Great Purge

The Great Purge or the Great Terror (Russian: Большой террор), also known as the Year of '37 (37-ой год, Tridtsat sedmoi god) and the Yezhovschina ('period of Yezhov'),[7] was Joseph Stalin's campaign of political repression in the Soviet Union that occurred from 1936 to 1938.[8] It involved large-scale repression of the peasantry; ethnic cleansing; purges of the Communist Party of the Soviet Union, government officials, and the Red Army; widespread police surveillance, suspicion of saboteurs and counter-revolutionaries, imprisonment, and arbitrary executions.[9] Historians estimate the total number of deaths due to Stalinist repression in 1937–38 to be between 950,000 and 1.2 million.[1]

Great Purge
Part of Bolshevik Party purges
People of Vinnytsia searching for relatives among the exhumed victims of the Vinnytsia massacre, 1943
LocationSoviet Union
TargetPolitical opponents, Trotskyists, Red Army leadership, kulaks, ethnic minorities, religious activists and leaders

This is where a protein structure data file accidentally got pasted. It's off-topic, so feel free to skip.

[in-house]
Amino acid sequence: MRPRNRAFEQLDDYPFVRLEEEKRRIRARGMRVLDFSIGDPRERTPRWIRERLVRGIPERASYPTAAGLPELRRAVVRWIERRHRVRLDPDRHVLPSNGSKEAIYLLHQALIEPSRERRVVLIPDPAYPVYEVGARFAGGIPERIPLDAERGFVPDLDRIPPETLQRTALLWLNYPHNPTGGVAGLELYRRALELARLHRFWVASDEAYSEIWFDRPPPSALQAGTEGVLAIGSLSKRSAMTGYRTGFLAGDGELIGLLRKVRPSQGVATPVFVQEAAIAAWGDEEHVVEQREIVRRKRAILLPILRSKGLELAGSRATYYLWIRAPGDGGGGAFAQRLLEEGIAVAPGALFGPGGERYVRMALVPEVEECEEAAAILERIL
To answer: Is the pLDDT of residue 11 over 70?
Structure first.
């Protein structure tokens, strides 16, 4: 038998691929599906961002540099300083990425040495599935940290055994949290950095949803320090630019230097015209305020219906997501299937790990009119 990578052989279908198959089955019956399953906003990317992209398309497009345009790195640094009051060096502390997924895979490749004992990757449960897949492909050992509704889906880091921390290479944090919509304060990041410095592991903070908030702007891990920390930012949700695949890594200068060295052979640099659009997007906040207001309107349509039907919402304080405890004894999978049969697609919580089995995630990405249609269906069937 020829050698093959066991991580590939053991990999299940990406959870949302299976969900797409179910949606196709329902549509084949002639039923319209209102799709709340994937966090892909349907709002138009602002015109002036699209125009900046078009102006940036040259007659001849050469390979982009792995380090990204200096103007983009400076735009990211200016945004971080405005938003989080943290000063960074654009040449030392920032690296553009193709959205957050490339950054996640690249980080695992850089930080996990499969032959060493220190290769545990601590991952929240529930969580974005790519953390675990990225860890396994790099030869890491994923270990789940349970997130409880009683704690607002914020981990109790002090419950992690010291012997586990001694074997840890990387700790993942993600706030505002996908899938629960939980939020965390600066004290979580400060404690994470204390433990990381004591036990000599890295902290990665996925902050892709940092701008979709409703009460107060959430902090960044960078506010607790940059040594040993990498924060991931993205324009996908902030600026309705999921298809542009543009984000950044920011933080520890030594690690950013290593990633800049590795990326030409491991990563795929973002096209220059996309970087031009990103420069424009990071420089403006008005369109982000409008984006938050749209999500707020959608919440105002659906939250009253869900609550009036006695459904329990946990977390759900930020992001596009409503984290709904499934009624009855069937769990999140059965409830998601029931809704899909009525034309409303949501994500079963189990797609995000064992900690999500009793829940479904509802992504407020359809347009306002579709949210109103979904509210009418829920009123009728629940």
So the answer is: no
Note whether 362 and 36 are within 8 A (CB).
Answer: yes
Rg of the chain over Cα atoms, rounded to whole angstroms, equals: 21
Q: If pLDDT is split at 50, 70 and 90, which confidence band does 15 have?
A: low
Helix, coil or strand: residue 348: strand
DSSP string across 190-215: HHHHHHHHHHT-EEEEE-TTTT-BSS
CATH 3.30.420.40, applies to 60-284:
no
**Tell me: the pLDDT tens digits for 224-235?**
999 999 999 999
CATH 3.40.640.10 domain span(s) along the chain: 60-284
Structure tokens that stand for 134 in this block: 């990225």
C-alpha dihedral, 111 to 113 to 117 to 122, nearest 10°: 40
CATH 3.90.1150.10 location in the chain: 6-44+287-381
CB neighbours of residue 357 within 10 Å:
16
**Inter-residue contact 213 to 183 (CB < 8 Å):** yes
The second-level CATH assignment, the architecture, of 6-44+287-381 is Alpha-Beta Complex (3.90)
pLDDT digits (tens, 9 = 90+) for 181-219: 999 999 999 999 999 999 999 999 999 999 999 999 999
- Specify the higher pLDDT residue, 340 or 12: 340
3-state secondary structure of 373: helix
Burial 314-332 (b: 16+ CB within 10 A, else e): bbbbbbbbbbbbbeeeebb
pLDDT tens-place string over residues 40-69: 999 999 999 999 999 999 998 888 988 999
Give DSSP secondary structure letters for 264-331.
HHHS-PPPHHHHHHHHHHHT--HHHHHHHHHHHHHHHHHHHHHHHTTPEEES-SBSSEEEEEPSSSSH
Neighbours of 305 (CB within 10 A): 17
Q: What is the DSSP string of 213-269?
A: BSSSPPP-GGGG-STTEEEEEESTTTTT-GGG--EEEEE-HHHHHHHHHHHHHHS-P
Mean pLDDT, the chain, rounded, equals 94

Attack type
Deaths950,000 to 1.2 million[1]
(higher estimates overlap with at least 136,520[2] deaths in the Gulag system)
PerpetratorsJoseph Stalin, the NKVD (Genrikh Yagoda, Nikolai Yezhov, Lavrentiy Beria, Ivan Serov and others), Vyacheslav Molotov, Andrey Vyshinsky, Lazar Kaganovich, Kliment Voroshilov, Robert Eikhe and others
MotiveElimination of political opponents,[3] consolidation of power,[4] fear of counterrevolution,[5] fear of party infiltration[6]

In the Western world, Robert Conquest's 1968 book The Great Terror popularized the phrase. Conquest's title itself was an allusion to the period from the French Revolution known as the Reign of Terror.[10]